Part of Book Notes: Apprenticeship Patterns
One of the patterns is called “Familiar Tools” talking about the tools programmers use.
Write down a list of your familiar tools. If the list has less than five items, start hunting around for tools that will fill the gaps in your toolbox. This may simply be a matter of identifying a tool you already use but don’t know well enough, or it may involve finding new tools altogether.
I’ve written some in-depth posts about learning the basics of prototyping tools like Form, Origami, and Framer. The “Familiar Tools” pattern reminded me to take a look at my current toolbox.
There are a lot of different tools out there, and if you’re just starting out it can be overwhelming to pick some out to learn. You might even be frozen by all the options.
As far as a hard-skill toolbox goes, here’s what I’d recommend to a new designer. Learn a different tool in each fidelity well.
Pen and paper for lo-fi thinking: Sometimes completely overlooked. Tools for animating microinteractions are fun to use. They’re fun to play with so it’s tempting to jump into super high fidelity and work with motion.
If you’re designing in high fidelity and not testing with actual users, it’s probably too early. Pen and paper can take you a long way when thinking through ideas on your own.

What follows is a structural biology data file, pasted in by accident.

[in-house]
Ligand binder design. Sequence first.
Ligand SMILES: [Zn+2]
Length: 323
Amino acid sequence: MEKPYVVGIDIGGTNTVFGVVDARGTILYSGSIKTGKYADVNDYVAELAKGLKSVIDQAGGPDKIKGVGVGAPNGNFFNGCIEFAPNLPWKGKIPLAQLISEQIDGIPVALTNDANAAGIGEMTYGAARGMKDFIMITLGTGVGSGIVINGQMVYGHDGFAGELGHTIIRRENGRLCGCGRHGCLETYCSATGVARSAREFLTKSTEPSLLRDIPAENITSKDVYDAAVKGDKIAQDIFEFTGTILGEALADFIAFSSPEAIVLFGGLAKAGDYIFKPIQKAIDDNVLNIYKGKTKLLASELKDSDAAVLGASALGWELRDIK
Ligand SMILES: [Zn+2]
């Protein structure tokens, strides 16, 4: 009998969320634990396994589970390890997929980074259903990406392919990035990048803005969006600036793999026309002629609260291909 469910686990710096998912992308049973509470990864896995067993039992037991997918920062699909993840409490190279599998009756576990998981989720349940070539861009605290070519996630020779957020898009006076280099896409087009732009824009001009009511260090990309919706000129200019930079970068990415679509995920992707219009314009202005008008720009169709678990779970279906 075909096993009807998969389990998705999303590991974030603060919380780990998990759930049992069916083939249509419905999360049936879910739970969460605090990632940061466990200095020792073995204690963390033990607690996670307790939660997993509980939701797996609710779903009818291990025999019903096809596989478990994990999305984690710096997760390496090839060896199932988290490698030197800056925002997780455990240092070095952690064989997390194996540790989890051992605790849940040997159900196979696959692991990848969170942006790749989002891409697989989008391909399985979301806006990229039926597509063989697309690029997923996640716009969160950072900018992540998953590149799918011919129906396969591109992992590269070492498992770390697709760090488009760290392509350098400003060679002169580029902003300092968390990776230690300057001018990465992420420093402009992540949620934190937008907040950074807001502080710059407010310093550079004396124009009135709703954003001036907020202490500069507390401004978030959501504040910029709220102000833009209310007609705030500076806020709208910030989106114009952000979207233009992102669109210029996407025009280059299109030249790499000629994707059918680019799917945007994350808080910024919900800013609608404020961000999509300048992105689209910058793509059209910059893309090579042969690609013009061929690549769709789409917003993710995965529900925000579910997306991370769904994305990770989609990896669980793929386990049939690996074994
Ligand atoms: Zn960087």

Static mocks for going through flows: Sketch. It’s become pretty standard. At least as far as the echo chamber goes.
High fidelity prototypes for mobile: A good old “it depends”. Just try them out and see which ones click for you. Framer and Origami have great communities and that goes a long way toward the usefulness of a tool. I still want to try Principle.
High fidelity prototypes for desktop: The advantage of the mobile interaction design tools is that they let you try things out without learning Swift/Objective-C or Java and learning the respective development processes.
HTML/CSS is more approachable than any toolset for native development. Right click in the browser, click “Inspect”. Tinkering around, changing values, and seeing the changes might be the best way to start learning CSS.
Get proficient with Chrome developer tools. Or the equivalent in the other browsers. Sit with a developer you work with and have them show you around the inspector and console. It’s a great investment of time.
Visual design: Here’s my biggest gap. Illustrator seems to still be the tool of choice of digital illustrators. I’d love to learn.
As far as soft skills go, they’re harder to sit down and practice. A lot of it comes through experiencing different situations firsthand. (I’d recommend actively avoiding the soft skills such as getting offended about interchanging UX/UI/interaction/product designer titles and thinking up UX analogies.)